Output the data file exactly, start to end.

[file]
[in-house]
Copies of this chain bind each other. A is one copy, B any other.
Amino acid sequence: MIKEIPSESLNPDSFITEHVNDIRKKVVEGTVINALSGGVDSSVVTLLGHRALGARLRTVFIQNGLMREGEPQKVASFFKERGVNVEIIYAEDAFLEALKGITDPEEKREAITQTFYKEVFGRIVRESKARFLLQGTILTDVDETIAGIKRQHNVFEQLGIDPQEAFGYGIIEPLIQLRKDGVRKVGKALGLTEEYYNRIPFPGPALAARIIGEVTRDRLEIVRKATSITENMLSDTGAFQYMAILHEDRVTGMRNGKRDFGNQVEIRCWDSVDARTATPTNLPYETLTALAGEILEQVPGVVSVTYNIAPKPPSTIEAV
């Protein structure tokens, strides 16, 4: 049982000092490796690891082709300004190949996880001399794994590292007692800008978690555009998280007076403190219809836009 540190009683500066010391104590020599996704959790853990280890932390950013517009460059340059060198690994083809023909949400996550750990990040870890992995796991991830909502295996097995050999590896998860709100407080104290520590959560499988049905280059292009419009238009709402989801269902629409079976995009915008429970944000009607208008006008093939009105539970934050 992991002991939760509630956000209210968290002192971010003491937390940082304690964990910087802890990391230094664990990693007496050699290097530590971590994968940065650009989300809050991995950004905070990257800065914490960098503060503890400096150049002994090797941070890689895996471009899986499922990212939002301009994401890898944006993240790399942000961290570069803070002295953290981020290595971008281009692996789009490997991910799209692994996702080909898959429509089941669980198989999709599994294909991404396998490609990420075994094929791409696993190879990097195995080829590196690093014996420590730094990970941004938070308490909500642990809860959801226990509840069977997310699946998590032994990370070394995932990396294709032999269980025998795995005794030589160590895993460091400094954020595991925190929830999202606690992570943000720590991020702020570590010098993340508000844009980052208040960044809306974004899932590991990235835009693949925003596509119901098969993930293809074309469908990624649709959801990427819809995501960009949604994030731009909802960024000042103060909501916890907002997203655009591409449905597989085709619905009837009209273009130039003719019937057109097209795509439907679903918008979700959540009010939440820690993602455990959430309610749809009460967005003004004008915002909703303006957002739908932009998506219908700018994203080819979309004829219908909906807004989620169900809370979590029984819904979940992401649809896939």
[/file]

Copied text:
[in-house]
Copies of this chain bind each other. A is one copy, B any other.
Amino acid sequence: MIKEIPSESLNPDSFITEHVNDIRKKVVEGTVINALSGGVDSSVVTLLGHRALGARLRTVFIQNGLMREGEPQKVASFFKERGVNVEIIYAEDAFLEALKGITDPEEKREAITQTFYKEVFGRIVRESKARFLLQGTILTDVDETIAGIKRQHNVFEQLGIDPQEAFGYGIIEPLIQLRKDGVRKVGKALGLTEEYYNRIPFPGPALAARIIGEVTRDRLEIVRKATSITENMLSDTGAFQYMAILHEDRVTGMRNGKRDFGNQVEIRCWDSVDARTATPTNLPYETLTALAGEILEQVPGVVSVTYNIAPKPPSTIEAV
């Protein structure tokens, strides 16, 4: 049982000092490796690891082709300004190949996880001399794994590292007692800008978690555009998280007076403190219809836009 540190009683500066010391104590020599996704959790853990280890932390950013517009460059340059060198690994083809023909949400996550750990990040870890992995796991991830909502295996097995050999590896998860709100407080104290520590959560499988049905280059292009419009238009709402989801269902629409079976995009915008429970944000009607208008006008093939009105539970934050 992991002991939760509630956000209210968290002192971010003491937390940082304690964990910087802890990391230094664990990693007496050699290097530590971590994968940065650009989300809050991995950004905070990257800065914490960098503060503890400096150049002994090797941070890689895996471009899986499922990212939002301009994401890898944006993240790399942000961290570069803070002295953290981020290595971008281009692996789009490997991910799209692994996702080909898959429509089941669980198989999709599994294909991404396998490609990420075994094929791409696993190879990097195995080829590196690093014996420590730094990970941004938070308490909500642990809860959801226990509840069977997310699946998590032994990370070394995932990396294709032999269980025998795995005794030589160590895993460091400094954020595991925190929830999202606690992570943000720590991020702020570590010098993340508000844009980052208040960044809306974004899932590991990235835009693949925003596509119901098969993930293809074309469908990624649709959801990427819809995501960009949604994030731009909802960024000042103060909501916890907002997203655009591409449905597989085709619905009837009209273009130039003719019937057109097209795509439907679903918008979700959540009010939440820690993602455990959430309610749809009460967005003004004008915002909703303006957002739908932009998506219908700018994203080819979309004829219908909906807004989620169900809370979590029984819904979940992401649809896939």